Now after much controversy, Park 51 is officially open.
Its first event is a photo exhibit of immigrant children from all over the world.
The exhibit is called "New York Children" and it features photos of children who now live in New York, but come from every country all over the world.
Photographer Danny Goldfield is generating plenty of buzz for his whimsical pictures and good eye, but also because his exhibit is the very first at this new Muslim cultural center.
"I guess that since I've gotten to know the people behind the center, I don't really understand what the problem is," Goldfield said.
But there are plenty of people who do have a problem with it. Some calling it "the ground zero mosque" and an insult to September 11th's victims. They are fighting the developer in court.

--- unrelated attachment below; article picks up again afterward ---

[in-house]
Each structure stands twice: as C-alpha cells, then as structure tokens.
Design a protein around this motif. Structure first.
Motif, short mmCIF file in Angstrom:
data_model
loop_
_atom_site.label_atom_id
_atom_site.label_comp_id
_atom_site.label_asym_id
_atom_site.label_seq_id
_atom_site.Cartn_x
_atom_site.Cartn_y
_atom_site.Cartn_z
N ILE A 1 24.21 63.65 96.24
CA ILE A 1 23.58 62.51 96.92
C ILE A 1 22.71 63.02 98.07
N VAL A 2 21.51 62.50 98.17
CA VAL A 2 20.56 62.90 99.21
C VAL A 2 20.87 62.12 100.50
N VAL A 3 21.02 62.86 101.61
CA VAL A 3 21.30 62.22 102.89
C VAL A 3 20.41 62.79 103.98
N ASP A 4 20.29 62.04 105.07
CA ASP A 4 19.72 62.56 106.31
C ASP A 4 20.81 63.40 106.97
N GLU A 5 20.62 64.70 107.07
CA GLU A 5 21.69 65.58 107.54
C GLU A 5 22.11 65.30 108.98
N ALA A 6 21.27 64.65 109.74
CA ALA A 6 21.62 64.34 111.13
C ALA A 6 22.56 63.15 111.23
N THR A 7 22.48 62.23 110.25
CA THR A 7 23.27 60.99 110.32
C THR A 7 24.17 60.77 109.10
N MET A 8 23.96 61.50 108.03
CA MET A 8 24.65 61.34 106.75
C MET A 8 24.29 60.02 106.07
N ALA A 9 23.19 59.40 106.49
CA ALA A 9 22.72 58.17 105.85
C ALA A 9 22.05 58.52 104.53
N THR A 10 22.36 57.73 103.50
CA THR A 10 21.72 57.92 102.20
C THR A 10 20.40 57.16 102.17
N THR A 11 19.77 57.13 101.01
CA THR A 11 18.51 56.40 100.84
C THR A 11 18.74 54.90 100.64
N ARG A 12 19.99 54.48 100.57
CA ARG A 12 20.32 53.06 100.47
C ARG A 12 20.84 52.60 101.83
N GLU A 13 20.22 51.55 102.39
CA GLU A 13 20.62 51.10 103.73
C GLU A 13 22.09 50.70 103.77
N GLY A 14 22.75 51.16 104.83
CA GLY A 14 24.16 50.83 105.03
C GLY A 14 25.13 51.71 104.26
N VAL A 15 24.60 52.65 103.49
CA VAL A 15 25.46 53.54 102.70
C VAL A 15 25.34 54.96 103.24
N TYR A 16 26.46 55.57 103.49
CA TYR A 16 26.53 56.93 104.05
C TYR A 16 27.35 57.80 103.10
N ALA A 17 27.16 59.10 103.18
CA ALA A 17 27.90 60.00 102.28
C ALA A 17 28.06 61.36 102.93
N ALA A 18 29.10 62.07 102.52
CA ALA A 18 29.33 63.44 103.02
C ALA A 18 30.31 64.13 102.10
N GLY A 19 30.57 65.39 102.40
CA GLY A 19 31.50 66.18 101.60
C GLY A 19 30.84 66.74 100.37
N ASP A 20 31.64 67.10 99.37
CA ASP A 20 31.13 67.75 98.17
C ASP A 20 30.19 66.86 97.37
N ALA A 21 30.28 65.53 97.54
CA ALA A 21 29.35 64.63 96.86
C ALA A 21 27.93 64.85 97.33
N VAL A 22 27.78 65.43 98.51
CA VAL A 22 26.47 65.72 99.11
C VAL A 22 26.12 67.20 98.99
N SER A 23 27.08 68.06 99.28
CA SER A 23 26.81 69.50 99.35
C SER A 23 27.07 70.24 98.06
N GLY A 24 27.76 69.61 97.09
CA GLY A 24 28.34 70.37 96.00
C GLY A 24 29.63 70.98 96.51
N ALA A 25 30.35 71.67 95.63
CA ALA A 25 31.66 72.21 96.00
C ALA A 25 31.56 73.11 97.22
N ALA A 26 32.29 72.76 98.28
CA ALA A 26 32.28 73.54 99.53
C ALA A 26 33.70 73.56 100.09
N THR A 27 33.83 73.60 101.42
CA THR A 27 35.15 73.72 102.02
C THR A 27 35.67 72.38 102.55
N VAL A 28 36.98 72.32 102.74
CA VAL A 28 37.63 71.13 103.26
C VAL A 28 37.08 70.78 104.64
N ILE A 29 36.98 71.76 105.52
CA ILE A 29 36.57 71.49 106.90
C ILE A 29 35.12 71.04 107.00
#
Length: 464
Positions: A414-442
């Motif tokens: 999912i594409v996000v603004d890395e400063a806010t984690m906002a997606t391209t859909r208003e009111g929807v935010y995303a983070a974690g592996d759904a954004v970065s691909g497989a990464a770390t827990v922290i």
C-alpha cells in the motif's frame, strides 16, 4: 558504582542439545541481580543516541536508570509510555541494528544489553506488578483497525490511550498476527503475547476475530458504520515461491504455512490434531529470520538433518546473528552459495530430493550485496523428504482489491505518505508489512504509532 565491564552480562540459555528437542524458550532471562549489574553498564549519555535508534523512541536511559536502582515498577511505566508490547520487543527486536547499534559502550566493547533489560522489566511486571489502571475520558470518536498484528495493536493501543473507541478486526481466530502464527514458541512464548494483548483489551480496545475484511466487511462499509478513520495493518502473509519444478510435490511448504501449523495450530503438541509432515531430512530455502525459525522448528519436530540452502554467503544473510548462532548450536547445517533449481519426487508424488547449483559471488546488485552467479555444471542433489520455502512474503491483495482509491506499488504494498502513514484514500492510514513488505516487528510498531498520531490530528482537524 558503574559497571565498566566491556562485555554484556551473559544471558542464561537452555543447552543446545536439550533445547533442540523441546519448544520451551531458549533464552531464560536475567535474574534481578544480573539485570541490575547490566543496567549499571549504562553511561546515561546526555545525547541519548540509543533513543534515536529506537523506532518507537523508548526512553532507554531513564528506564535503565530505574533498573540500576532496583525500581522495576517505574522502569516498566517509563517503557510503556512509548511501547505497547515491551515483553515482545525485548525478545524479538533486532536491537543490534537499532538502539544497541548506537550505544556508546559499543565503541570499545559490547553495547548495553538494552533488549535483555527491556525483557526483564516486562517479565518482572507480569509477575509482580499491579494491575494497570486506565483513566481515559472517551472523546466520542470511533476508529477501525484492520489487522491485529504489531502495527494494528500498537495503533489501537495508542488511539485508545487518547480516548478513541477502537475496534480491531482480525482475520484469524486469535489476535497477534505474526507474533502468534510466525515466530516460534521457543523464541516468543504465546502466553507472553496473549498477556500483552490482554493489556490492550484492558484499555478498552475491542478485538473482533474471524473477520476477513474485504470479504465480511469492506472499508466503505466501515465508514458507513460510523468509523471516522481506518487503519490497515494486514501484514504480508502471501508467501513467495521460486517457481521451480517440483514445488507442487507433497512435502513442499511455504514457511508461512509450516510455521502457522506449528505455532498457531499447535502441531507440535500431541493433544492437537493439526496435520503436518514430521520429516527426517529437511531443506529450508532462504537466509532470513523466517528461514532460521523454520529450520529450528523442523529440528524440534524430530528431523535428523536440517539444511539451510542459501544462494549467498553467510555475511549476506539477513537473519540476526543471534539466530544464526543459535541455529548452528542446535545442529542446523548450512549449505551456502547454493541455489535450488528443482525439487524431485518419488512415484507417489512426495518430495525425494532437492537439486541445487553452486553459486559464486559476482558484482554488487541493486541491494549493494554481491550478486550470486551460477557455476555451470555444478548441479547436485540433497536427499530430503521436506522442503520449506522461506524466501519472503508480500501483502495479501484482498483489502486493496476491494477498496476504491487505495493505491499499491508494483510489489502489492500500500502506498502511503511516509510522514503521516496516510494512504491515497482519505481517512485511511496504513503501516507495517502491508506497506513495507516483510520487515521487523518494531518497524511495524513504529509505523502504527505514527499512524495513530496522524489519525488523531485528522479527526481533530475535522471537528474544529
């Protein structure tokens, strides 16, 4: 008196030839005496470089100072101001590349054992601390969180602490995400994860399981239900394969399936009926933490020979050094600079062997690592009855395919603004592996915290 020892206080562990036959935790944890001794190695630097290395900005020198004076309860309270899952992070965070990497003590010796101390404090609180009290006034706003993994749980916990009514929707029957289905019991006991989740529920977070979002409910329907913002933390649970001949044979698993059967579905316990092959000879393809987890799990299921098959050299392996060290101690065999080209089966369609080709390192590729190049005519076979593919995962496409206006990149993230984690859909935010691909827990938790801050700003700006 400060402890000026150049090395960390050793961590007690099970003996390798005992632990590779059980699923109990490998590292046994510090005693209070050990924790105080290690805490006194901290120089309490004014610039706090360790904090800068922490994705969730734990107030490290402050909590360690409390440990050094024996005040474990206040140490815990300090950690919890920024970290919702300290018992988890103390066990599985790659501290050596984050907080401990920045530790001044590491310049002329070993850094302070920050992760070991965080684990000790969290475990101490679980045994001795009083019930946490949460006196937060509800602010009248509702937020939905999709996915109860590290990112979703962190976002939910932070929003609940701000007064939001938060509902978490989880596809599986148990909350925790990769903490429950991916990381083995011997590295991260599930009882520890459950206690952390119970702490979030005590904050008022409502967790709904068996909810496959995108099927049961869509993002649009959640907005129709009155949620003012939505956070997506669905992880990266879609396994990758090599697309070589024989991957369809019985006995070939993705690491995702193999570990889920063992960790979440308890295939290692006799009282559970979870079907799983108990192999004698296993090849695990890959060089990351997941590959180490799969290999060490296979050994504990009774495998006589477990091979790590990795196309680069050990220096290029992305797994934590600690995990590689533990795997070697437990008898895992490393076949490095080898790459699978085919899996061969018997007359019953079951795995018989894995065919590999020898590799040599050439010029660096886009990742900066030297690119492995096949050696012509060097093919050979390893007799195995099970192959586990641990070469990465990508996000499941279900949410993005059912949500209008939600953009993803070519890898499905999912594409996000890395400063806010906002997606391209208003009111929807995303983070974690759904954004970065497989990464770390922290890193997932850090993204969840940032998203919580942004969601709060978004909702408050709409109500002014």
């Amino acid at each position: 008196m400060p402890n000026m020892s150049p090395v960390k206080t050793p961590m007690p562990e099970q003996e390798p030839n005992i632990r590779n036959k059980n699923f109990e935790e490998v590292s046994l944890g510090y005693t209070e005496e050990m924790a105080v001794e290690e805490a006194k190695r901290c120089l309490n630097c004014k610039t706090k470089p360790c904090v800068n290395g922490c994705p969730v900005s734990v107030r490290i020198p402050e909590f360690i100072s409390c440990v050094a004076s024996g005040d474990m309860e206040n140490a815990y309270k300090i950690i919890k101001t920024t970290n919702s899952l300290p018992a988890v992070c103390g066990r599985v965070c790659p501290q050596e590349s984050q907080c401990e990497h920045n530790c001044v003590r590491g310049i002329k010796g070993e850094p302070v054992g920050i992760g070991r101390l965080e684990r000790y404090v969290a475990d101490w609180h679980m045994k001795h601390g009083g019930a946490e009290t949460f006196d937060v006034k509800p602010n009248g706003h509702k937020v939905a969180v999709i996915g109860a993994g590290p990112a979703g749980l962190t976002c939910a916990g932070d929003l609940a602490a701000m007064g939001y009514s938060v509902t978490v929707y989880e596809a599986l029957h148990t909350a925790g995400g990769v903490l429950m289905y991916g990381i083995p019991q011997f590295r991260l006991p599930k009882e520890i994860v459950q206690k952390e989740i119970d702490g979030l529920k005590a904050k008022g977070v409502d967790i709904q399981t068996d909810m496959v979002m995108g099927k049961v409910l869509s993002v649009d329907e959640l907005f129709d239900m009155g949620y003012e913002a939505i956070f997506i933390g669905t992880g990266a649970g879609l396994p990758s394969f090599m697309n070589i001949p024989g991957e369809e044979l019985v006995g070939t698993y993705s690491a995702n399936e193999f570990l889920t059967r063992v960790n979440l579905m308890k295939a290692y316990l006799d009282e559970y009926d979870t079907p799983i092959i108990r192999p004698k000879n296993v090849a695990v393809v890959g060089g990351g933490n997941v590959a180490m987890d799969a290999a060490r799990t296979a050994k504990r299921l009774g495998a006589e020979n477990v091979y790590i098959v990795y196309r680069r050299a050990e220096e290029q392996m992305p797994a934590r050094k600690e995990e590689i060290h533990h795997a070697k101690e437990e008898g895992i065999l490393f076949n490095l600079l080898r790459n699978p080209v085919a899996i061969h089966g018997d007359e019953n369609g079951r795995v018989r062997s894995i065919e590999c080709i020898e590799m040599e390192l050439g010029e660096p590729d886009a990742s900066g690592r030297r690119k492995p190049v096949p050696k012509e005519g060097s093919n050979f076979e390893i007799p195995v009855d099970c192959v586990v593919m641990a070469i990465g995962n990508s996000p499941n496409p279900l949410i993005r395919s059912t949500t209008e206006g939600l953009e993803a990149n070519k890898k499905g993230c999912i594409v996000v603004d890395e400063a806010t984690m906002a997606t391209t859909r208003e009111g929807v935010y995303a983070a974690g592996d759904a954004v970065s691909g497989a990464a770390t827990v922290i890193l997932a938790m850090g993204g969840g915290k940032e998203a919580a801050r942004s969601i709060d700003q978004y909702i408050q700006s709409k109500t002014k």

"Because in the end, what he needs to do is go away. He needs to sell his property, and move somewhere else, and leave us alone to grieve," Tim Brown, a 9/11 survivor, said.
They say an exhibit here is one thing, but will this Muslim prayer space that has already been open here for quite some time eventually become a much larger mosque?
Founders of this project hope people understand it this way "If you look at a YMCA or a JCC, Jewish Community Center, it's pretty much the same programs that you actually would find there as the programs of what you would find here," Nour Mousa, Park 51 founder, said.
They call Goldfield's exhibit a good pilot program and perhaps a good start.
The rest of the Park Place building has yet to be renovated. The developer has said it will be years before the project, envisioned ith a mosque, health club and theater, is fully realized.
Park51 Chief of Staff Katerina Lucas says the exhibit, shot by artist Danny Goldfield, will hopefully show those opposed to the Islamic center what kind of space it's meant to be.